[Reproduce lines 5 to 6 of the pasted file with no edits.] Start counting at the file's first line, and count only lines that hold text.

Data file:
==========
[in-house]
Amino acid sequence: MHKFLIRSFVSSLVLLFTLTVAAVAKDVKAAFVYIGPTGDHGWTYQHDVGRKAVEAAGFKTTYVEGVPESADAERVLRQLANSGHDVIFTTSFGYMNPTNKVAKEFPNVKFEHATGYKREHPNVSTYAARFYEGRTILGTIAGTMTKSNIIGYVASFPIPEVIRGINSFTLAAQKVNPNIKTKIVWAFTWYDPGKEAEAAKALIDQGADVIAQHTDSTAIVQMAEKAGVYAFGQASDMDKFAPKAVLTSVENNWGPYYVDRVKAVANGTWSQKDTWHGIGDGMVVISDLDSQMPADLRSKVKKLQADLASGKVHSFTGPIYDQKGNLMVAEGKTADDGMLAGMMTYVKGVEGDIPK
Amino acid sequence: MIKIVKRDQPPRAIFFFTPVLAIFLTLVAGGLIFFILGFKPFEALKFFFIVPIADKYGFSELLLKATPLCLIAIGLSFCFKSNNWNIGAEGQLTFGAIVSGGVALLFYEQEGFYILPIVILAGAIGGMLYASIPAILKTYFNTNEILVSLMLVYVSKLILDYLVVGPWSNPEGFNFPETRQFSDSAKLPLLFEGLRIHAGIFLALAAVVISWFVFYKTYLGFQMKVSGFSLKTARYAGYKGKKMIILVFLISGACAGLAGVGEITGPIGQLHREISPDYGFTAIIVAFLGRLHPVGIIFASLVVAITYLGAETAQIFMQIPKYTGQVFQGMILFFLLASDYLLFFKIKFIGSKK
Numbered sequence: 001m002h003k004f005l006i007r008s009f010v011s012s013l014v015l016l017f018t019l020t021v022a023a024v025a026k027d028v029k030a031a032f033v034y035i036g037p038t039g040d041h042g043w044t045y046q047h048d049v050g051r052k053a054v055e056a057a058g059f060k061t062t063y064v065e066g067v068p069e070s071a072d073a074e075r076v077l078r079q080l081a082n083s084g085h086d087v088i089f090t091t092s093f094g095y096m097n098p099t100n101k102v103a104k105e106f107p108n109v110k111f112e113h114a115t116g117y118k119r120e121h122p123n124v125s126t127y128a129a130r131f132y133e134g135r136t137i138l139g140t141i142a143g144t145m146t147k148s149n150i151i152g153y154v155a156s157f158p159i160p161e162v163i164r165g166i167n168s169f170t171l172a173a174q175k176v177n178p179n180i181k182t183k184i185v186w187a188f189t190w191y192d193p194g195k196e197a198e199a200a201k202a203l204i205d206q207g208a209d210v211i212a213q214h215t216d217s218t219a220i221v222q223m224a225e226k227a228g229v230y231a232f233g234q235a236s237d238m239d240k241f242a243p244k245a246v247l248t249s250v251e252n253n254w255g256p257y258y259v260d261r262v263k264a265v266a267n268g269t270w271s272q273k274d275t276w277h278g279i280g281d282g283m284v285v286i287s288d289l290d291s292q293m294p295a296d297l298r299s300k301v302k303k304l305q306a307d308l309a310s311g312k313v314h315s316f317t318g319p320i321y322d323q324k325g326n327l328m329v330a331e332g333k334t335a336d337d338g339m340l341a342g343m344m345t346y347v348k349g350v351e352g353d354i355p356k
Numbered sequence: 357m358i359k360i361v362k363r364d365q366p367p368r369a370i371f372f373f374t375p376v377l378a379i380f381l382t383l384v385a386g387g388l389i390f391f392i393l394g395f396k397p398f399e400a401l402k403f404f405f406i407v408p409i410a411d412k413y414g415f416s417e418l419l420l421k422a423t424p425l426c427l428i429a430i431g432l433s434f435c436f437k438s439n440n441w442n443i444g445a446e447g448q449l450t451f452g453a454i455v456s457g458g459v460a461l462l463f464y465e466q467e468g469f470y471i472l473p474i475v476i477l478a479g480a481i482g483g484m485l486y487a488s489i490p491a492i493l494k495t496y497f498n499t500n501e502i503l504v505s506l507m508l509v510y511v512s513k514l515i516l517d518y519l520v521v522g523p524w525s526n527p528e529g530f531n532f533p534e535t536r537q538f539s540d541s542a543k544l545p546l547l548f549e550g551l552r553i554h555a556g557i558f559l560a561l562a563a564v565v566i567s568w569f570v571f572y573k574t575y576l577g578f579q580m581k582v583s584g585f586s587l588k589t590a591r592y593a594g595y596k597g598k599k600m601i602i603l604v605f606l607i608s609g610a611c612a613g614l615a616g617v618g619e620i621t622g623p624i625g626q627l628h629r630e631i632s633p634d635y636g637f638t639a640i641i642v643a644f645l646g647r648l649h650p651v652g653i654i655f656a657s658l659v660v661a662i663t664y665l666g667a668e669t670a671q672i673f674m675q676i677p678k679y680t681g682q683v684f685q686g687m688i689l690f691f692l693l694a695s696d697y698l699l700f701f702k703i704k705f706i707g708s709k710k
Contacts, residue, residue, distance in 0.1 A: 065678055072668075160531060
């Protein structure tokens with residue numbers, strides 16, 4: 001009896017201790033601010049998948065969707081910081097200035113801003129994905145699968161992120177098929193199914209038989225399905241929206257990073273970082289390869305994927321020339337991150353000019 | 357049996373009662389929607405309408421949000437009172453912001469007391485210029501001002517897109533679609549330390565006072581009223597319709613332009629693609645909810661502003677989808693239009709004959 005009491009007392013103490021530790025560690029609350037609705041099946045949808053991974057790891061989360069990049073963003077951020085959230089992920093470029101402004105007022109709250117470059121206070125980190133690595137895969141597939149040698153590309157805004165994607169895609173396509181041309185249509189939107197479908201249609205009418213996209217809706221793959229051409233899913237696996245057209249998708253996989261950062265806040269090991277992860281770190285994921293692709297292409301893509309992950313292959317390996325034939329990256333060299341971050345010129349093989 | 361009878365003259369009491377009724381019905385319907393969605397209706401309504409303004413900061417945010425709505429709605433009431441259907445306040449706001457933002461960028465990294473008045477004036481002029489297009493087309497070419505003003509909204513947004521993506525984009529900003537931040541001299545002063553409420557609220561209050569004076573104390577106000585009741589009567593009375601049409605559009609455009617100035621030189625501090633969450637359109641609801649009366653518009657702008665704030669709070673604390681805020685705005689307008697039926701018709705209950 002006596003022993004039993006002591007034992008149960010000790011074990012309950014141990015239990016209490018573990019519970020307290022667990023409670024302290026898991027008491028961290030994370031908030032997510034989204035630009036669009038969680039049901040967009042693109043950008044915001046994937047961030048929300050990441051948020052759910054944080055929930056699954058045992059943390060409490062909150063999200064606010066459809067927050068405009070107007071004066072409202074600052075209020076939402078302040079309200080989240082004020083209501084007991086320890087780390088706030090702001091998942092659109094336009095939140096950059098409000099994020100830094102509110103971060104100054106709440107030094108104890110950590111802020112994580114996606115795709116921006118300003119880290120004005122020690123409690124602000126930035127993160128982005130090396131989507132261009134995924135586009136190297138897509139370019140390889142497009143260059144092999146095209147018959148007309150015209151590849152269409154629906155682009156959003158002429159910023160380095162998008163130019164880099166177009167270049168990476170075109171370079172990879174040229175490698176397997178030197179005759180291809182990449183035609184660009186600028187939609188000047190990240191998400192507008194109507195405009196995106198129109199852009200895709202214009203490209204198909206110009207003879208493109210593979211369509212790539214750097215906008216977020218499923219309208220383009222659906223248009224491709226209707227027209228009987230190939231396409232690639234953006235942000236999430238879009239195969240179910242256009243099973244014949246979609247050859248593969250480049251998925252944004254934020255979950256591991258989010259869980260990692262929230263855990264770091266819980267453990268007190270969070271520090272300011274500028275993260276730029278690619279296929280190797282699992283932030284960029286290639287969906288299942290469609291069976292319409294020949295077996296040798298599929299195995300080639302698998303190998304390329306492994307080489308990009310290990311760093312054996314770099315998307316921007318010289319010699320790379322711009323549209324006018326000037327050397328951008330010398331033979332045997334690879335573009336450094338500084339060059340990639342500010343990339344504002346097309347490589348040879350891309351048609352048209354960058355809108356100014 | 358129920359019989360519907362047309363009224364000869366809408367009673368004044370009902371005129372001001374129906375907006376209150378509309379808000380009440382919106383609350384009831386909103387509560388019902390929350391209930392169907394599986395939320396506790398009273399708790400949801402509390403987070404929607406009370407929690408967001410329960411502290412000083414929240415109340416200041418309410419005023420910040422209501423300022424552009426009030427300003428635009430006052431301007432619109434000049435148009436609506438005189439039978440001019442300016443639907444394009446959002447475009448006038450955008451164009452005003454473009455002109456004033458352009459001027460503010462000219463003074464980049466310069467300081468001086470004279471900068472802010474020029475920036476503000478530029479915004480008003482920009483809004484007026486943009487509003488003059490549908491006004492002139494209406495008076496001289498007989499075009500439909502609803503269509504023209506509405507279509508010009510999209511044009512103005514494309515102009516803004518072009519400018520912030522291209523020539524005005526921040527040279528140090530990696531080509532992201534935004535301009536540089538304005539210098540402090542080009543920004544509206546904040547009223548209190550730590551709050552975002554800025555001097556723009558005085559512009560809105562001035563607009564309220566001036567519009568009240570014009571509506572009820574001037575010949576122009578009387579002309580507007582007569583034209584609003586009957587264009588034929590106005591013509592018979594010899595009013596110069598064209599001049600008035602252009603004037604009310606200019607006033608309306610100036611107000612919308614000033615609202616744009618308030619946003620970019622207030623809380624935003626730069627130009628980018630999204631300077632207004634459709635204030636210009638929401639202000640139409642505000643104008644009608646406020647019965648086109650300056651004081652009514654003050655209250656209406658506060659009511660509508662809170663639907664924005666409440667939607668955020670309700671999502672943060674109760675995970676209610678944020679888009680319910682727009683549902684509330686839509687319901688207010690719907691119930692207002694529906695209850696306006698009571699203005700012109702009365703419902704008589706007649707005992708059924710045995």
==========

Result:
Numbered sequence: 357m358i359k360i361v362k363r364d365q366p367p368r369a370i371f372f373f374t375p376v377l378a379i380f381l382t383l384v385a386g387g388l389i390f391f392i393l394g395f396k397p398f399e400a401l402k403f404f405f406i407v408p409i410a411d412k413y414g415f416s417e418l419l420l421k422a423t424p425l426c427l428i429a430i431g432l433s434f435c436f437k438s439n440n441w442n443i444g445a446e447g448q449l450t451f452g453a454i455v456s457g458g459v460a461l462l463f464y465e466q467e468g469f470y471i472l473p474i475v476i477l478a479g480a481i482g483g484m485l486y487a488s489i490p491a492i493l494k495t496y497f498n499t500n501e502i503l504v505s506l507m508l509v510y511v512s513k514l515i516l517d518y519l520v521v522g523p524w525s526n527p528e529g530f531n532f533p534e535t536r537q538f539s540d541s542a543k544l545p546l547l548f549e550g551l552r553i554h555a556g557i558f559l560a561l562a563a564v565v566i567s568w569f570v571f572y573k574t575y576l577g578f579q580m581k582v583s584g585f586s587l588k589t590a591r592y593a594g595y596k597g598k599k600m601i602i603l604v605f606l607i608s609g610a611c612a613g614l615a616g617v618g619e620i621t622g623p624i625g626q627l628h629r630e631i632s633p634d635y636g637f638t639a640i641i642v643a644f645l646g647r648l649h650p651v652g653i654i655f656a657s658l659v660v661a662i663t664y665l666g667a668e669t670a671q672i673f674m675q676i677p678k679y680t681g682q683v684f685q686g687m688i689l690f691f692l693l694a695s696d697y698l699l700f701f702k703i704k705f706i707g708s709k710k
Contacts, residue, residue, distance in 0.1 A: 065678055072668075160531060